But then The Hunger Games and Jennifer Lawrence burned down the box office, and everything changed. Studios started wondering how they could mimic the success of the Girl on Fire. The obvious answer: Superheroes, hence the rush to fill 2017 with potential blockbusters starring ladies with superpowers. And before those movies hit theaters, networks are testing the waters on TV: Agent Carter, based on the female character from the first Captain America movie, will premiere in January and a Supergirl TV series is slated for sometime next year.

The change can’t come soon enough. In 2013 — the year of The Hunger Games sequel and Frozen — just 30% of all speaking roles went to women and only 15% of all protagonists were female. Marvel has done a better job than most at rectifying this issue by featuring kick-ass heroines who pass the “sexy lamp” test as part of the ensemble in several films. Scarlett Johansson’s Black Widow has become a fan favorite after appearances in the Avengers, Iron Man and Captain America films, and Zoe Saldana’s Gamora debuted as the “most dangerous woman in the universe” in Guardians of the Galaxy.

“If you can take out your female character and replace her with a sexy lamp and your plot still functions, you’re doing it wrong.”Still, there’s a lot to be desired, even in the most progressive blockbusters. Many critics have said, for instance, that Black Widow is just eye candy in the Avengers movie. “That’s objectively untrue!” says DeConnick. “I think The Avengers is a Black Widow movie. She saves the day. And if you take her out, the plot does not function.”

It’s true that without Black Widow’s success, Marvel never would have greenlit a Captain Marvel movie. But the popularity of Black Widow does not guarantee that Captain Marvel will be successful, especially considering Carol Danvers’ background is as political as it is supernatural. Danvers only became Captain Marvel in 2012 after a push from DeConnick’s former editor Steve Wacker. Before then, she was Ms. Marvel, created in the 1970s with a nod to the feminist publication Ms. Magazine. In one plotline, Carol Danvers leaves NASA to take a job as an editor at Woman Magazine. “She wore oversized glasses and blond, middle-parted hair and neck scarves,” says DeConnick. “It was Gloria Steinem fan fiction in the most literal sense.”

Decades later, Ms. Marvel had lost some of her luster. Wacker liked the character but felt the name was a little dated. He wanted to transform Danvers into a character his daughter would aspire to be, much in the same way his son aspires to be Peter Parker (Spider-Man). “As sappy as it sounds, I couldn’t imagine her or other little girls dreaming of being Ms. Marvel. But Captain Marvel. She sounds like the greatest hero in the world,” says Wacker. The original Captain Marvel had died about 20 years before, and though some characters had picked up the name since (including another woman) none had stuck.

In 2012, the female Captain Marvel premiered to much fanfare and controversy. In fact, Marvel Comics has come under fire several times in the last couple of years for promoting female heroines, including when they gave the old title of Ms. Marvel to a Muslim woman in 2013 and when a woman took up Thor’s hammer earlier this year. “The usual suspects get very angry, and they’re certain Marvel is ruined forever, and then everyone forgets about it and we just keep going,” says Wacker. “It’s been the same way for 75 years.”

Embracing diversity, Marvel executives say, has been a mission of the company since the years of Stan Lee, when the former Marvel president would pen essays about diversity and feminism in the back of the comics. But the imperative has become more pressing in recent years thanks to the Marvel Studios movies. The Marvel name has become more influential than ever and, to quote a Stan Lee Marvel comic, “With great power comes great responsibility.”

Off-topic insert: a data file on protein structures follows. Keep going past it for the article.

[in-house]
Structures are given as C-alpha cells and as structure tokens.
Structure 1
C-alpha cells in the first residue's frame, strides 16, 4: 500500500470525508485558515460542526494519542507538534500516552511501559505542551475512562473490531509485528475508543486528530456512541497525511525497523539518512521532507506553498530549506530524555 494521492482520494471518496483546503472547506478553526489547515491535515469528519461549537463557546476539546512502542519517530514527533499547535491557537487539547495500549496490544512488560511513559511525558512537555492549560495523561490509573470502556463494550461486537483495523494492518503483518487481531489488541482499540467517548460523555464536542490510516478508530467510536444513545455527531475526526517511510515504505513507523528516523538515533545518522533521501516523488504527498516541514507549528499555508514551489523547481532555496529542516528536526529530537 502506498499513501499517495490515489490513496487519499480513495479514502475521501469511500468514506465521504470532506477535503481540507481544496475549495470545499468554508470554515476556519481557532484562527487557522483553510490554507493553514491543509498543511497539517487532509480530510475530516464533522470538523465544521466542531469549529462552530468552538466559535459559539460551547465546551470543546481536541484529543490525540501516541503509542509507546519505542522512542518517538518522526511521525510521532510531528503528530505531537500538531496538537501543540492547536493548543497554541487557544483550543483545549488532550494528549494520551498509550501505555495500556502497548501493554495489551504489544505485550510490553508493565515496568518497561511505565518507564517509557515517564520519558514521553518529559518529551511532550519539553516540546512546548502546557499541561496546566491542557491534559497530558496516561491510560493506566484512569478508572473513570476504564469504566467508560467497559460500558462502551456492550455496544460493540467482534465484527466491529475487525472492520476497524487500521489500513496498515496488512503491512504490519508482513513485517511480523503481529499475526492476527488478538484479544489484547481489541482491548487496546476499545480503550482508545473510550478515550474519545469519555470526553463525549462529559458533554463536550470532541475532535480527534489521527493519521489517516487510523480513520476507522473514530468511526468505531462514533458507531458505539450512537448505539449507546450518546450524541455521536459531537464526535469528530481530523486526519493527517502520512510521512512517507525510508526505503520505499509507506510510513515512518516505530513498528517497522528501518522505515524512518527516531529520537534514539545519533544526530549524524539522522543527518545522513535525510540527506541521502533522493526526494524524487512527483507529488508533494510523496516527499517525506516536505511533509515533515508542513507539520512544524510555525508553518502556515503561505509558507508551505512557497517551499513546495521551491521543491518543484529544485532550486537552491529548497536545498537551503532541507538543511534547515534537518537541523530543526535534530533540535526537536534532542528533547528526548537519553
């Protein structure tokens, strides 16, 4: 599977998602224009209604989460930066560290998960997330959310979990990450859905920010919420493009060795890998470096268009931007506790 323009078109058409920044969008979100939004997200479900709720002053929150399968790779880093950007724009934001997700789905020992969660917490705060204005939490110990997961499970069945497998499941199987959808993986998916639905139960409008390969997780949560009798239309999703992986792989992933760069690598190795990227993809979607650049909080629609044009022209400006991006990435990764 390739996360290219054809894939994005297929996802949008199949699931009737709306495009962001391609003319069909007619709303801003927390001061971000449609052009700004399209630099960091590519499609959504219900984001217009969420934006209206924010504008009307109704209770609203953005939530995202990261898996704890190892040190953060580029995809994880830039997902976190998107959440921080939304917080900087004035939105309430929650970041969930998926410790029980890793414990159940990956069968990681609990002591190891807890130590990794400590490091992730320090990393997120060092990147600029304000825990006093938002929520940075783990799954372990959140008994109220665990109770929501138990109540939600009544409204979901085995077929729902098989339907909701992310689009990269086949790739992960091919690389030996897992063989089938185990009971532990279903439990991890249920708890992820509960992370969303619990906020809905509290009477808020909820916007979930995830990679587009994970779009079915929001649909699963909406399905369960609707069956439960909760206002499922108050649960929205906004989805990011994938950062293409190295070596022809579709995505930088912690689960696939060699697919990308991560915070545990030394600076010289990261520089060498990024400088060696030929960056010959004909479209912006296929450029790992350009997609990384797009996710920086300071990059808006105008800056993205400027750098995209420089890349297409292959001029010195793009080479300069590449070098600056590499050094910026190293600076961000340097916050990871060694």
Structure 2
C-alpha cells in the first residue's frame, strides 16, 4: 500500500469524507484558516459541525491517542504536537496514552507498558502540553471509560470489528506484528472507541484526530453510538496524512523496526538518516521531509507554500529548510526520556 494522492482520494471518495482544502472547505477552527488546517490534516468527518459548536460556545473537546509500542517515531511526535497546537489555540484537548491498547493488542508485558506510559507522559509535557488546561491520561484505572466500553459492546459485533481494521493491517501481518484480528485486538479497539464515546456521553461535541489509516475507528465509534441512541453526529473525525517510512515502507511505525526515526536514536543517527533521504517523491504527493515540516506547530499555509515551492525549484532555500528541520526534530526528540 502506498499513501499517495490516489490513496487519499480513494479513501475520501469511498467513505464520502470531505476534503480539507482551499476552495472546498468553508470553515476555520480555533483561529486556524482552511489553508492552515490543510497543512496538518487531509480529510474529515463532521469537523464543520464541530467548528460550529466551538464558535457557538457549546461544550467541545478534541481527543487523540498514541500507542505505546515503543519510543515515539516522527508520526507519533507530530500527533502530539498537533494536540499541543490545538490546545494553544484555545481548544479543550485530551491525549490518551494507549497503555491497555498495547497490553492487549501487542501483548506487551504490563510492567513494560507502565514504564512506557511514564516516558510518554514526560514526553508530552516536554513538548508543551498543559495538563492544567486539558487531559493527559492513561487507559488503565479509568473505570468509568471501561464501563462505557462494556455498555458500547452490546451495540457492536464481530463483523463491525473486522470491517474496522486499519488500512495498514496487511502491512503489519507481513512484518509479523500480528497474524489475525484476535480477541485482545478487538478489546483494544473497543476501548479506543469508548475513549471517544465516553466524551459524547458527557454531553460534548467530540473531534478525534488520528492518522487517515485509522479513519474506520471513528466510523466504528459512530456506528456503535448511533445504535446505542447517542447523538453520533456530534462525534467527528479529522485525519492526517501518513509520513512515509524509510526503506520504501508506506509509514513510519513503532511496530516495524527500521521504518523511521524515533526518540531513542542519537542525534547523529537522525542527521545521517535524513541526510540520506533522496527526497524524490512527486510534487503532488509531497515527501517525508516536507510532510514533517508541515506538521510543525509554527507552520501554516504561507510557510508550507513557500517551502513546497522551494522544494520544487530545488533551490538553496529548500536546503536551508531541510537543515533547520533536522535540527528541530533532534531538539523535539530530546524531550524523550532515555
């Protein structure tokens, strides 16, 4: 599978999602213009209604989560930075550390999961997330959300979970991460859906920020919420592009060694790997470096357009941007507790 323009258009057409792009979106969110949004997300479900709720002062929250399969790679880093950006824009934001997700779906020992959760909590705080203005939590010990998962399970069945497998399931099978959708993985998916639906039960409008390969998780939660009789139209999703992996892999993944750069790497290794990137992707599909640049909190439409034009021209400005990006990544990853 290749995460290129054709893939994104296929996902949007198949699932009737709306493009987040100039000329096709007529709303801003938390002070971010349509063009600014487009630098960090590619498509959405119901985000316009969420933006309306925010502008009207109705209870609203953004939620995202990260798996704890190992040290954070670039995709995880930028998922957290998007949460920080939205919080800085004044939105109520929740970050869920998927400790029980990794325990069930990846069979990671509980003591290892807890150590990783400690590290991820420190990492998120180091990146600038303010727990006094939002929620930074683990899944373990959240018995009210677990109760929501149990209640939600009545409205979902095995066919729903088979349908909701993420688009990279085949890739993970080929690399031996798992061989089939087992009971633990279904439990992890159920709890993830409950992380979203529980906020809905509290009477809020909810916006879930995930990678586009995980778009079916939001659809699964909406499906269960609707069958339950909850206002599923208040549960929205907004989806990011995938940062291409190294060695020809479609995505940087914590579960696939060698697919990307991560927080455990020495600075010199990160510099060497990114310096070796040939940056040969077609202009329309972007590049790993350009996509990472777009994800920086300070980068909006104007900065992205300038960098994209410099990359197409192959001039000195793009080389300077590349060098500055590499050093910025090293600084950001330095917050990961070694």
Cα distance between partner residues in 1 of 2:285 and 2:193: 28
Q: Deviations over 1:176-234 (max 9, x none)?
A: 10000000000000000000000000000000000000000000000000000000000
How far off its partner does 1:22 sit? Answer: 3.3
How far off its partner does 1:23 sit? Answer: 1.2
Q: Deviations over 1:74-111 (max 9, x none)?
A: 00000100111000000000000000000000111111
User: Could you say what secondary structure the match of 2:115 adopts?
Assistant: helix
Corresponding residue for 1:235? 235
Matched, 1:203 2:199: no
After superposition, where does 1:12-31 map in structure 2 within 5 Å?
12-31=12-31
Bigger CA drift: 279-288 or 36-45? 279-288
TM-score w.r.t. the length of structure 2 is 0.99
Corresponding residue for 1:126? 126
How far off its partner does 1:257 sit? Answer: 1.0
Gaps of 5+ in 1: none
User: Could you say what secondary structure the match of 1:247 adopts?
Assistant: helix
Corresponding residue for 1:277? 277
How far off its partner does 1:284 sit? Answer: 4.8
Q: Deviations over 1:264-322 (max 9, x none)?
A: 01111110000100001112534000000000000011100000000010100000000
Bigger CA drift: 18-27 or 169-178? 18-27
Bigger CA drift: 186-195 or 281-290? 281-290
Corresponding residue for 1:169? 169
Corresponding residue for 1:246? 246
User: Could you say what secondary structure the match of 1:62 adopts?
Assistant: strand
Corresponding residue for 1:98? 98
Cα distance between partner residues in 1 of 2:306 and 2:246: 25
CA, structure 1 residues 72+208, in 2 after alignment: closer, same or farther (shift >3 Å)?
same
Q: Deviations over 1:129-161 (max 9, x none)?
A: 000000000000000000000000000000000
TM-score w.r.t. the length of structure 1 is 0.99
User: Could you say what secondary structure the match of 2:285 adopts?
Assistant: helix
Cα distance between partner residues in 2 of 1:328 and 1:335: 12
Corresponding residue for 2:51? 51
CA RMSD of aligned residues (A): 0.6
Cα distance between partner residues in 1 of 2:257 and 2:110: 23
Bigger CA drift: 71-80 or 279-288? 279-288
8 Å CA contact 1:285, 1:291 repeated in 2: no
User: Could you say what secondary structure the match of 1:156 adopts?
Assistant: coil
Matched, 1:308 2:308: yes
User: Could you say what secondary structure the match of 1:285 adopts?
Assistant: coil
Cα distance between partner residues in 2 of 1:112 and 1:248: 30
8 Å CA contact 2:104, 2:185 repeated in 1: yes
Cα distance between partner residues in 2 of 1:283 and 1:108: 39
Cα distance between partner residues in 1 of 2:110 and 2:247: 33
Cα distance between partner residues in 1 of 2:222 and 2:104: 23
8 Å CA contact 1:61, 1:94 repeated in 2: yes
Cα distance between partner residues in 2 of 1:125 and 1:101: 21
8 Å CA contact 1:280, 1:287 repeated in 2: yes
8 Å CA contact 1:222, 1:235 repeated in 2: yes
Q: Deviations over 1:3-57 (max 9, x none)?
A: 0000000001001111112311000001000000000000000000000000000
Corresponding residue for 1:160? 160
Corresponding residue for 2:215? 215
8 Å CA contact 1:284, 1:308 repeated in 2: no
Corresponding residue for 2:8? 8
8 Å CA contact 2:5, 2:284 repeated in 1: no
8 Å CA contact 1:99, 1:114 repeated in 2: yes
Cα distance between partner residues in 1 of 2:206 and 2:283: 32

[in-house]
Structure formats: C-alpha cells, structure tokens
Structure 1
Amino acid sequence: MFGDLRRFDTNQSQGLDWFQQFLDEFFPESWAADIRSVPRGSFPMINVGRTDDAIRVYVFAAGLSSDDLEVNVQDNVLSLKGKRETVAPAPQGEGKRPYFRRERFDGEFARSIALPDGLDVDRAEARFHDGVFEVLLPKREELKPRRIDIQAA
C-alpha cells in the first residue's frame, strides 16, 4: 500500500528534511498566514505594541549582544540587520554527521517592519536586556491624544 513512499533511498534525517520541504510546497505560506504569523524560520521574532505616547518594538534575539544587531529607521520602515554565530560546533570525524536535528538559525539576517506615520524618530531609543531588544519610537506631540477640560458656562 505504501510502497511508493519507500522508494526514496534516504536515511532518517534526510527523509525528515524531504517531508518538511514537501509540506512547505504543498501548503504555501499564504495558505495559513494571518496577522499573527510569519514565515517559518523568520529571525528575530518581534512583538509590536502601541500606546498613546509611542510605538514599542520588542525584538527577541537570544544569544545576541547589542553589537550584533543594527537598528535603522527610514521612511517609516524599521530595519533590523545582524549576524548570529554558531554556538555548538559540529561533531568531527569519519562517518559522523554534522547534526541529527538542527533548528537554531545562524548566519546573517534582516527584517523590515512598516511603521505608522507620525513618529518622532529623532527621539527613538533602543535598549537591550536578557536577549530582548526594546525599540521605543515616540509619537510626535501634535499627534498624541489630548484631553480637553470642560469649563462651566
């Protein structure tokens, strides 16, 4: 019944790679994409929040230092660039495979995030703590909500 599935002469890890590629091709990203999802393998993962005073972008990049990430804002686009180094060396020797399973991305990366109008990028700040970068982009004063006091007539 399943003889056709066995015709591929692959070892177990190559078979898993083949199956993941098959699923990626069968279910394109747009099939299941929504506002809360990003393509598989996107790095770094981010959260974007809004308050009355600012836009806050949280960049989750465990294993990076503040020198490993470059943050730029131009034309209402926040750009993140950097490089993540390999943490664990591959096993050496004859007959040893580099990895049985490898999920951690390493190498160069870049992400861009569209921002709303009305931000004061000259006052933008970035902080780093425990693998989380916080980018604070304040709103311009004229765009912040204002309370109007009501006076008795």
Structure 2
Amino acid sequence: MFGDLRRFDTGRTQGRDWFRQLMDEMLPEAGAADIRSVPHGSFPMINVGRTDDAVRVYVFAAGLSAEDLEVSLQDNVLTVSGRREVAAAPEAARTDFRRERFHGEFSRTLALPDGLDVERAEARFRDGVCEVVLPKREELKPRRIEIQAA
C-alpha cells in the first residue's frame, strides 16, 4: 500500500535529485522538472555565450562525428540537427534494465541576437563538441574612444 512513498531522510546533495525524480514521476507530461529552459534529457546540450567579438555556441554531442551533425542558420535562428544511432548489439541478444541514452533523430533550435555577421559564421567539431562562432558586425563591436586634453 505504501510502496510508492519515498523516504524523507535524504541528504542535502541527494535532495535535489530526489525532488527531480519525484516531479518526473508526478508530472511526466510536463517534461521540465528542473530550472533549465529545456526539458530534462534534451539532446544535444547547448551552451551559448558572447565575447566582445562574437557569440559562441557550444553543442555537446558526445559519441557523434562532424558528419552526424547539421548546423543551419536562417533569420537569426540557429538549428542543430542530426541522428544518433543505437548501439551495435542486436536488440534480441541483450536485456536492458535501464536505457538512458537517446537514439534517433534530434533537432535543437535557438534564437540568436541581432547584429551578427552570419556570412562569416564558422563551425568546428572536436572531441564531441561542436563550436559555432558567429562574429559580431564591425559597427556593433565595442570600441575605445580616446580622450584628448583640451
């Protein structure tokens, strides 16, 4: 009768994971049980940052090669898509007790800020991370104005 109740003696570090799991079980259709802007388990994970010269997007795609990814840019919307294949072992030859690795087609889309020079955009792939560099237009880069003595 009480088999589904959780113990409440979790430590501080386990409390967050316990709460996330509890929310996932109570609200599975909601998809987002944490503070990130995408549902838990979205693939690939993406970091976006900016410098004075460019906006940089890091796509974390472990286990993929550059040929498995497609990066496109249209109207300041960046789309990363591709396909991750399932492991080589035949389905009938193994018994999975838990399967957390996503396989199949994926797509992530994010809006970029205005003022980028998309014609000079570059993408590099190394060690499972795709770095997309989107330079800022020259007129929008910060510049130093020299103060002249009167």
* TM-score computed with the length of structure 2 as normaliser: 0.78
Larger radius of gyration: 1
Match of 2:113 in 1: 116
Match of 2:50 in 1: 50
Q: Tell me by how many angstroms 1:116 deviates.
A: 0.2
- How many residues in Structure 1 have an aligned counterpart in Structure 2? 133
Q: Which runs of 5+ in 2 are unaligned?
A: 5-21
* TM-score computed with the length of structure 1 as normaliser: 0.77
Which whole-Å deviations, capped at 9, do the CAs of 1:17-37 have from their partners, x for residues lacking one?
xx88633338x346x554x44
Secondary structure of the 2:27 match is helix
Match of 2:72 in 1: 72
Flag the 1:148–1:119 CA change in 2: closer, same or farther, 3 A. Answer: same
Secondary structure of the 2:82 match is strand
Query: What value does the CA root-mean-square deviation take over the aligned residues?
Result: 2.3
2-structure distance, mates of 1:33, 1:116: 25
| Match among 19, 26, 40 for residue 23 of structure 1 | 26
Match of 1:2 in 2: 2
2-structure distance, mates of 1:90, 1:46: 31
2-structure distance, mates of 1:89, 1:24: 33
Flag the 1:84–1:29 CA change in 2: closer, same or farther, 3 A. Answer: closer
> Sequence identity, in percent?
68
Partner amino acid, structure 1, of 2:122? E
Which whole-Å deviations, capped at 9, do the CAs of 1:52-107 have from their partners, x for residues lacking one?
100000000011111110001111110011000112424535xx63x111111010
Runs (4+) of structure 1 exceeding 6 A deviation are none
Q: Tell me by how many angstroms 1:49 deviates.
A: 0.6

But the question still remains: Will she make any money? If Captain Marvel and Wonder Woman fail in the same way that Catwoman did, it will be hard to convince movie executives that it’s worth gambling on female superheroes again.

Wacker isn’t worried. “I think if we can sell a talking raccoon in Guardians of the Galaxy to the masses,” he says, laughing, “we can do this.”

Read next: A Comic Book Dummy’s Guide to the Marvel Universe Plan

TIME Television

Fox Is Developing an Archie TV Series

The Riverdale gang is heading to the small screen

Fox is heading to Riverdale. Archie Comics confirmed Thursday that the cable channel is developing a one-hour drama series based on the beloved comic characters.

The series will follow comic favorites Archie Andrews, Jughead Jones, Veronica Lodge, Betty Cooper and Reggie Mantle, along with a newer addition to the Riverdale world: Kevin Keller, a gay character who was introduced in 2010. THR adds that the gang will “explore the surrealistic twists of small-town life, in addition to the darkness and weirdness bubbling beneath [their hometown] Riverdale’s wholesome facade.”

The series, which is being produced by Warner Bros. TV-based Berlanti Productions and The Arrow‘s Greg Berlanti, will be penned by former Glee scribe and current chief creative officer at Archie Comics Roberto Aguirre-Sacasa.

“This is something we’ve been working on for awhile now, figuring out the best way to bring these characters to life for what will be, essentially, the first time,” Aguirre-Sacasa said in a statement. “The entire team working on Riverdale is as passionate about Archie as Jon [Goldwater, Archie Comics publisher/co-CEO] and I are, so it feels like the stars have finally aligned for Archie and the rest of the gang.”

It seems as though the in-the-works TV series is just the latest in a string of moves keeping the Archie universe current; earlier this year, Aguirre-Sacasa tapped Lena Dunham to write her own Archie storyline for the comic.